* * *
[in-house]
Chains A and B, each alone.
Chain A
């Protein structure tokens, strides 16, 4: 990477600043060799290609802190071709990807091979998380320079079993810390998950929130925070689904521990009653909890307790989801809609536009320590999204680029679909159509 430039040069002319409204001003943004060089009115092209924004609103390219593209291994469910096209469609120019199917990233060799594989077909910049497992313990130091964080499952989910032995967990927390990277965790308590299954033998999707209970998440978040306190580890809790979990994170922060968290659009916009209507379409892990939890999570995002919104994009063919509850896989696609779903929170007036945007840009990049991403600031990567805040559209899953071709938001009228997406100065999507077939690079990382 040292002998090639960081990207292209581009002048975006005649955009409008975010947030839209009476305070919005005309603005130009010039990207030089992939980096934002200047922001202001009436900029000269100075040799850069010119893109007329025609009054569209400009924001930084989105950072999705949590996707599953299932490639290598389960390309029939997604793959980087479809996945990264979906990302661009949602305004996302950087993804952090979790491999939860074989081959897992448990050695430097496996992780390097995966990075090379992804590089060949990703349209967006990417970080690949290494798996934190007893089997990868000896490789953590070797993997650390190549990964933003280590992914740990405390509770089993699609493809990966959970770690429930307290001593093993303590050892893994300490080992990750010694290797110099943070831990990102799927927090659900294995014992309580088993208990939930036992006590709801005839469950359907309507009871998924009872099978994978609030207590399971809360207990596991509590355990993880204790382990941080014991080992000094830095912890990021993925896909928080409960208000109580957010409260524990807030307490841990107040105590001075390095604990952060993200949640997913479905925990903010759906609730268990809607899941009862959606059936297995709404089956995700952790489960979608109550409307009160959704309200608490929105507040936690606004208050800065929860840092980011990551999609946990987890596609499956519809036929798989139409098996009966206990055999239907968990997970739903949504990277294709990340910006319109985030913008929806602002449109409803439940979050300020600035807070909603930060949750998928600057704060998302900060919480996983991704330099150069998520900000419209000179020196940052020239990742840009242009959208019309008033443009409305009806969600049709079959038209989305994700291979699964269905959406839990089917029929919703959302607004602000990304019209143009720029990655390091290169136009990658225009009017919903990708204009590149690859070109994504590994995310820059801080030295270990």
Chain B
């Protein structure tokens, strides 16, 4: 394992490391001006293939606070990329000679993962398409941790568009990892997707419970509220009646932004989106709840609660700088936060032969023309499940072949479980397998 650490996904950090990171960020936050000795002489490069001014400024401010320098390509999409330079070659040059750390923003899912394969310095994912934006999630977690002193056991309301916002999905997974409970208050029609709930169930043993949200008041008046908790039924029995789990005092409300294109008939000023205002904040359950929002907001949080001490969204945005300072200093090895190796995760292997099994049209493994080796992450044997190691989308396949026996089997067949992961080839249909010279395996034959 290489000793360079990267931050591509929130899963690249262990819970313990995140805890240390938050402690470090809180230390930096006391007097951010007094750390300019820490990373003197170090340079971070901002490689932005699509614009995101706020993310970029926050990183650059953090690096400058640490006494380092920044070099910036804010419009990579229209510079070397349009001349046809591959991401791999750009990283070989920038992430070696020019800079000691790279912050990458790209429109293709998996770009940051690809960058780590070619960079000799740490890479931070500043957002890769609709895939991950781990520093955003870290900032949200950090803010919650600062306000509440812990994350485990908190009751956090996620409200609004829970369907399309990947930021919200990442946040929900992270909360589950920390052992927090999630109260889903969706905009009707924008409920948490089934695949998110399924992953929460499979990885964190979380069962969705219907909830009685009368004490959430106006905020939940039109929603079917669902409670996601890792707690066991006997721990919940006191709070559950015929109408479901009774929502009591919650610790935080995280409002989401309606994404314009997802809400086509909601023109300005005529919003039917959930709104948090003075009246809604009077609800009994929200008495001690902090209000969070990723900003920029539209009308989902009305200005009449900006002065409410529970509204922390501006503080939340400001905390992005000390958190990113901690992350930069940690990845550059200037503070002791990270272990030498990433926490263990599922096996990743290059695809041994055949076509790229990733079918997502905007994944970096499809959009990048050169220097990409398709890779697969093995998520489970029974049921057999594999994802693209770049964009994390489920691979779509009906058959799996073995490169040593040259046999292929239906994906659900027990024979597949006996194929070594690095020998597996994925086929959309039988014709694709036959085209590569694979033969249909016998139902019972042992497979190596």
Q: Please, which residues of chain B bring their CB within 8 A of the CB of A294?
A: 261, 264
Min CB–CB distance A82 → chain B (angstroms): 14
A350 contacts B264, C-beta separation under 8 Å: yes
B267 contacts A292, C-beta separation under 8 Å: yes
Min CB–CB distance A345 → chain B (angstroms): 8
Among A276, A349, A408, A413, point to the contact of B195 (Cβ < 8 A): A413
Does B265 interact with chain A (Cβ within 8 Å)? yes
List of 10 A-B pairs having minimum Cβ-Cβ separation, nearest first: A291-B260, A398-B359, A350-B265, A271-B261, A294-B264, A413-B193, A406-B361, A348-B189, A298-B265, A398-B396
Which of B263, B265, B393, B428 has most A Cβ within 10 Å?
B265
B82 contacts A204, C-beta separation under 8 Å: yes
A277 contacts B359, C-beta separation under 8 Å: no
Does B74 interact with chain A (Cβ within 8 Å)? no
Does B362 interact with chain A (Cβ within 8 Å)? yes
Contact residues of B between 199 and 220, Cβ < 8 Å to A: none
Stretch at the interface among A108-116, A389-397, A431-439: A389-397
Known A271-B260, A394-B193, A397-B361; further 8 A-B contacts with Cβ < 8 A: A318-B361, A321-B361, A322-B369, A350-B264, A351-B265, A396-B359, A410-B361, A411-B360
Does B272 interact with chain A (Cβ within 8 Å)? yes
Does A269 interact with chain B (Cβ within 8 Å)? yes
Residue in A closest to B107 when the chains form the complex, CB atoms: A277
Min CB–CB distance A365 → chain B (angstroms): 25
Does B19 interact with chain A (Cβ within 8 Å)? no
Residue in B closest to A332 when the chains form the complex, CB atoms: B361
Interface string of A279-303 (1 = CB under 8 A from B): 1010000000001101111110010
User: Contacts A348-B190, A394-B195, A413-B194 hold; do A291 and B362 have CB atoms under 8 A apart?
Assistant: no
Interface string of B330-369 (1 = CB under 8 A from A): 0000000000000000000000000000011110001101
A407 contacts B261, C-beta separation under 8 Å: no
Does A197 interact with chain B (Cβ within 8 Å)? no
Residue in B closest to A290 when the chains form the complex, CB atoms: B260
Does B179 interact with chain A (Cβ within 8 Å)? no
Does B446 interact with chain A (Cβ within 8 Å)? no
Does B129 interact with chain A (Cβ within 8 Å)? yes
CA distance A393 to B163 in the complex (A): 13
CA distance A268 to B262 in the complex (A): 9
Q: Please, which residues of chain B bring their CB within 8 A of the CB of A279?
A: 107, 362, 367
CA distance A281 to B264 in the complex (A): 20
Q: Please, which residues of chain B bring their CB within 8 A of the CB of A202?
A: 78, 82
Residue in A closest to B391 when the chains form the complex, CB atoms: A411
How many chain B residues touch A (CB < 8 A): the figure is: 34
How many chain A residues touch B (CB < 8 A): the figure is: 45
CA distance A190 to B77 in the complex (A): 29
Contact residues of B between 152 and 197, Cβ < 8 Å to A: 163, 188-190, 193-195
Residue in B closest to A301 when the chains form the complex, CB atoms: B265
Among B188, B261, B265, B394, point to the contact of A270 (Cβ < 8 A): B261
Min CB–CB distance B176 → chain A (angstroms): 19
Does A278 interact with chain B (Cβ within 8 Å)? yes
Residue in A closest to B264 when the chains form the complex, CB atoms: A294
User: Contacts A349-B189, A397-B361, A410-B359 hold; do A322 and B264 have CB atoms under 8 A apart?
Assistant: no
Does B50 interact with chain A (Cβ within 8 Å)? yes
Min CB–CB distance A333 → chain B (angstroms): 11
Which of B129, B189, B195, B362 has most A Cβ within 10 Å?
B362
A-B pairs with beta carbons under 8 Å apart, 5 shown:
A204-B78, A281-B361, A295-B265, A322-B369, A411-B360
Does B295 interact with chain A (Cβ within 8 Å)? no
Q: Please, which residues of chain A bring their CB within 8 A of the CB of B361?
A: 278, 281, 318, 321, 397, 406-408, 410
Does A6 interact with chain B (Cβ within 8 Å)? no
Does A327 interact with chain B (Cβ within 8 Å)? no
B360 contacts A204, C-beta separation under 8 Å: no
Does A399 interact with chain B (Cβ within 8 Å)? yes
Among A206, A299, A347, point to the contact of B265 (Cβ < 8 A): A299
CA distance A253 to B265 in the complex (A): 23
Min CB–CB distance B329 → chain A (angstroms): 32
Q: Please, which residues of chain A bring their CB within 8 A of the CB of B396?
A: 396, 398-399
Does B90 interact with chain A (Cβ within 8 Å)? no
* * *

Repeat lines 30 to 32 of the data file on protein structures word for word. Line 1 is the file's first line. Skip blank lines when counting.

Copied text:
Residue in B closest to A332 when the chains form the complex, CB atoms: B361
Interface string of A279-303 (1 = CB under 8 A from B): 1010000000001101111110010
User: Contacts A348-B190, A394-B195, A413-B194 hold; do A291 and B362 have CB atoms under 8 A apart?